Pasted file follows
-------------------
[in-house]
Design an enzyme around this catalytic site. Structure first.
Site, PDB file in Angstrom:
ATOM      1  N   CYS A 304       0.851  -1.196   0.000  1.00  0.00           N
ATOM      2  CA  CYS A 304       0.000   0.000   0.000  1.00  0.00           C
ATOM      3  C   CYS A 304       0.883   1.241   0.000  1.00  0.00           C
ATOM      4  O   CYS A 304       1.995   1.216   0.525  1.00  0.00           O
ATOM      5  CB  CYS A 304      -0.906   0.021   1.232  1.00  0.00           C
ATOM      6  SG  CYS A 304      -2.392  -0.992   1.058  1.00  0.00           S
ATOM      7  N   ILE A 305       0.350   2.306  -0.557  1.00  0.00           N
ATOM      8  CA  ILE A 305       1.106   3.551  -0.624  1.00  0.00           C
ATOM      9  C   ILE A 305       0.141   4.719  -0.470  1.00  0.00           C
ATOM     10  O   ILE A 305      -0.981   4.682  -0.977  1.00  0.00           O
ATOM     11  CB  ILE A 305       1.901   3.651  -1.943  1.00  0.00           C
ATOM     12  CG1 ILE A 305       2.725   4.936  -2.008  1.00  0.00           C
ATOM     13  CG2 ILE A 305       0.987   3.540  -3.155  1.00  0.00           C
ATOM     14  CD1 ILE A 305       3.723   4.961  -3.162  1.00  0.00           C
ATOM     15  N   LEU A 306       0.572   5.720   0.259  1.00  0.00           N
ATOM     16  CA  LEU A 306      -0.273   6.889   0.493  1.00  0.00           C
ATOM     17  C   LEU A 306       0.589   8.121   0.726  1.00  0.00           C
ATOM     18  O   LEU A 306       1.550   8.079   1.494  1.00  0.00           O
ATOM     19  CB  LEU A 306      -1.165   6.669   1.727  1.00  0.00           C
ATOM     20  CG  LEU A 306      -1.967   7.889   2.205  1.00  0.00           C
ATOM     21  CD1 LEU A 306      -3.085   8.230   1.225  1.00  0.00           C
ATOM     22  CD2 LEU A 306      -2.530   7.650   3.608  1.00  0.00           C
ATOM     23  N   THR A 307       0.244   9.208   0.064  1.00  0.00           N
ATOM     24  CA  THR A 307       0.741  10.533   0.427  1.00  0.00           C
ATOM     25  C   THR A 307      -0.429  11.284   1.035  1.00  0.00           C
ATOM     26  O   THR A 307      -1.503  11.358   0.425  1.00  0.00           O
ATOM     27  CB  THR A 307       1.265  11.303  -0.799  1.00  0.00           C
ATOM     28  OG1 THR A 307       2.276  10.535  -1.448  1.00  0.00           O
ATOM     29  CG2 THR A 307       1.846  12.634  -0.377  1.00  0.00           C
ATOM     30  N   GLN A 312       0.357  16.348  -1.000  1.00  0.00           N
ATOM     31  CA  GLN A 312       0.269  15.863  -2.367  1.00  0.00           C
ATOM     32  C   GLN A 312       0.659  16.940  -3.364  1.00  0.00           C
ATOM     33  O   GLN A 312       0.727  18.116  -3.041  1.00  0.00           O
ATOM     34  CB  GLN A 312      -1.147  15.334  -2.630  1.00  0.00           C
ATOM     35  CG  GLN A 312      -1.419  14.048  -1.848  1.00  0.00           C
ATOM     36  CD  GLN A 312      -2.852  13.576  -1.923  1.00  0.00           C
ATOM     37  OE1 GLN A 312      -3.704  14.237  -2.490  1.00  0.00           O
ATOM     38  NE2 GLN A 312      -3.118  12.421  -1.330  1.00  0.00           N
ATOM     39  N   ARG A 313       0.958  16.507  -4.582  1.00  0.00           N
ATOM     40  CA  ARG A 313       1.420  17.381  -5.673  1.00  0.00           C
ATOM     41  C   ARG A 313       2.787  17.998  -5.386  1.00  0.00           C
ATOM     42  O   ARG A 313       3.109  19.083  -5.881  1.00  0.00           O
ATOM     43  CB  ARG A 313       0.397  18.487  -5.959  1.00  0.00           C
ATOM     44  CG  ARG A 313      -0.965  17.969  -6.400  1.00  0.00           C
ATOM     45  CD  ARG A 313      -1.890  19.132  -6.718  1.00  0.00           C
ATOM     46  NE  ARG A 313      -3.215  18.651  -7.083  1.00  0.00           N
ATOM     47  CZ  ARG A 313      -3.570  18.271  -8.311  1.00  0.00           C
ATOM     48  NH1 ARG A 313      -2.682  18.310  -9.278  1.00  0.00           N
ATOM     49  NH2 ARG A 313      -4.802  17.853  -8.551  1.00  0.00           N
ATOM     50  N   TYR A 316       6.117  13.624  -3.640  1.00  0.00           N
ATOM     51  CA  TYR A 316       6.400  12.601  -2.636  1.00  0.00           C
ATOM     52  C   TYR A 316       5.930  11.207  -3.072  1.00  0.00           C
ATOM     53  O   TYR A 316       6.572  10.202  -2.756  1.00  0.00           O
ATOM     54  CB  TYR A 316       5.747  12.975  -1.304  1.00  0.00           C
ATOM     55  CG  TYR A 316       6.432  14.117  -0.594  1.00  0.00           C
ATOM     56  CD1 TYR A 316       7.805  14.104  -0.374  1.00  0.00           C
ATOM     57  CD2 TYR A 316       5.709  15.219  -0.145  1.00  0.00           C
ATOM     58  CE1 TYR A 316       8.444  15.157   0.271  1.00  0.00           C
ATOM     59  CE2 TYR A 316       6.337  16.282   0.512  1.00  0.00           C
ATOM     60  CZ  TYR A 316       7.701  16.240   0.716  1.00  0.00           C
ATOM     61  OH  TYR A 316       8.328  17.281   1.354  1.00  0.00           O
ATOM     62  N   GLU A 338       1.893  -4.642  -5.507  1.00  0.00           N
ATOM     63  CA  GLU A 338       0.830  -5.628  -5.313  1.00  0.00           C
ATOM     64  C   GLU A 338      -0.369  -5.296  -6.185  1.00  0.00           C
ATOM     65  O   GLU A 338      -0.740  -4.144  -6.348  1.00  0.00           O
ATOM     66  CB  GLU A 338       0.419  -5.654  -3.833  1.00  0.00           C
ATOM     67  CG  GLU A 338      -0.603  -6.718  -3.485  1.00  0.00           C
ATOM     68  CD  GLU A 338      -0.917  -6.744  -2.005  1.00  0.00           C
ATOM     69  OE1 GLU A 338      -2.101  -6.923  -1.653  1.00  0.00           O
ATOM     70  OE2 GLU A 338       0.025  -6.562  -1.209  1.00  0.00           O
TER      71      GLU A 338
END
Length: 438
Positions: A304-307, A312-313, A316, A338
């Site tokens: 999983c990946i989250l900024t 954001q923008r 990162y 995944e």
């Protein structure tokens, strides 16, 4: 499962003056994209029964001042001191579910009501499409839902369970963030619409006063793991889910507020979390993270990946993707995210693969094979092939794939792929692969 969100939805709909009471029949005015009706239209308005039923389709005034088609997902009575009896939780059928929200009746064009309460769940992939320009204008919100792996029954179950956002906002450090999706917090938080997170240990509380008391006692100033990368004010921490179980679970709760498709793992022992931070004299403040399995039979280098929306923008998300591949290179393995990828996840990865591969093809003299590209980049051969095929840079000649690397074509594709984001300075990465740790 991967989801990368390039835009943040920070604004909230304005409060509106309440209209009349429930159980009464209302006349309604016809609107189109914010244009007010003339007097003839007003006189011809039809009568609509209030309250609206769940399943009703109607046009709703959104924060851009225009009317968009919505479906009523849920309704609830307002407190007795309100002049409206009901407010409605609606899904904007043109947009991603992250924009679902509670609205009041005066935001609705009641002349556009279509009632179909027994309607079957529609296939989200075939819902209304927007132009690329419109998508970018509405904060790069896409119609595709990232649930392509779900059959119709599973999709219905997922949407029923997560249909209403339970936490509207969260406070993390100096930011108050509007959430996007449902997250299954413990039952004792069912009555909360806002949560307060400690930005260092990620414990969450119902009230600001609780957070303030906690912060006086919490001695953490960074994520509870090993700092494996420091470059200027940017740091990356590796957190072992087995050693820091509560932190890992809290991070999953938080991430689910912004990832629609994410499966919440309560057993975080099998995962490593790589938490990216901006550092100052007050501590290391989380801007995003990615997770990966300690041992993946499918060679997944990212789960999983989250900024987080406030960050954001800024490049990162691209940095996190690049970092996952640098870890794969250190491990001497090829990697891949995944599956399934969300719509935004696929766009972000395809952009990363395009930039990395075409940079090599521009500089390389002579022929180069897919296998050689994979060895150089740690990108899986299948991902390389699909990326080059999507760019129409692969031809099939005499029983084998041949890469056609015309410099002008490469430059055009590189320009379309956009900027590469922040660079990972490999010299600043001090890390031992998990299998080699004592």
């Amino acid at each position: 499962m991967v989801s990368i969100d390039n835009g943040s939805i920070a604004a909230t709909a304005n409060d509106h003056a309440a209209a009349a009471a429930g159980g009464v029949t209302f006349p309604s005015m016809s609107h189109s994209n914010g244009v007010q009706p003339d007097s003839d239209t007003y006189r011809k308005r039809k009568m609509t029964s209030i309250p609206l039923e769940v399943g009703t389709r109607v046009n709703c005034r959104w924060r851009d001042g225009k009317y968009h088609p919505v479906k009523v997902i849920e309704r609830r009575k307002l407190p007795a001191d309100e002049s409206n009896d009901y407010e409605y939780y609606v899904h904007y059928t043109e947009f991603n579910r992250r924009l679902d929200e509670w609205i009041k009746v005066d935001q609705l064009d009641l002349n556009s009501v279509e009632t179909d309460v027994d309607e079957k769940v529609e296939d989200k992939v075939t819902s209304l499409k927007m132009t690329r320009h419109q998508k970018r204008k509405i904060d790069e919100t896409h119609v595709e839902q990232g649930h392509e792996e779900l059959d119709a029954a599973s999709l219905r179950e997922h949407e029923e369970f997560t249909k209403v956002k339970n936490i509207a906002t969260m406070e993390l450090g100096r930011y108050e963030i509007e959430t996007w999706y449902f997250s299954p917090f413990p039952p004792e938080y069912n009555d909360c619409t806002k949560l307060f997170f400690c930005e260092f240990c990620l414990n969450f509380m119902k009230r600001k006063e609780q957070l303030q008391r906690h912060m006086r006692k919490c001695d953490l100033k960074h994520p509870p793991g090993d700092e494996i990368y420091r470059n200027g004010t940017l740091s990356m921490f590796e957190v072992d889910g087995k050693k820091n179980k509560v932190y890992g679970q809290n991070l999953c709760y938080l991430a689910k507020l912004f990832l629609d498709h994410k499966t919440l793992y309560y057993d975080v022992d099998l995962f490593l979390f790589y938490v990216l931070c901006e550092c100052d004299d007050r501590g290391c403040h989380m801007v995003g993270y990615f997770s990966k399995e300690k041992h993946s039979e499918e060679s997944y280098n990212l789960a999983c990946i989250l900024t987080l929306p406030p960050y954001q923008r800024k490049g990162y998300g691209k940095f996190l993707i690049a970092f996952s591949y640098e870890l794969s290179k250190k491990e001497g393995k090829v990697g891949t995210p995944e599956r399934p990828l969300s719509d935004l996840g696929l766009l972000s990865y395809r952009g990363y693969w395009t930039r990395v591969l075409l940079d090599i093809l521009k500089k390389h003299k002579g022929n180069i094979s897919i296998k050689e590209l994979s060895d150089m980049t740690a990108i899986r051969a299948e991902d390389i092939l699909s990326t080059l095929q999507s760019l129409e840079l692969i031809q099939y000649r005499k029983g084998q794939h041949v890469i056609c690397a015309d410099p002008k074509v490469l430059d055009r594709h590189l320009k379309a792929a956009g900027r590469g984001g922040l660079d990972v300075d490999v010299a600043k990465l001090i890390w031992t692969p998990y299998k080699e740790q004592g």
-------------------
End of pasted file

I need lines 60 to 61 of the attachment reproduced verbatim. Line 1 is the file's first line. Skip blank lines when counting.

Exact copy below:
ATOM     57  CD2 TYR A 316       5.709  15.219  -0.145  1.00  0.00           C
ATOM     58  CE1 TYR A 316       8.444  15.157   0.271  1.00  0.00           C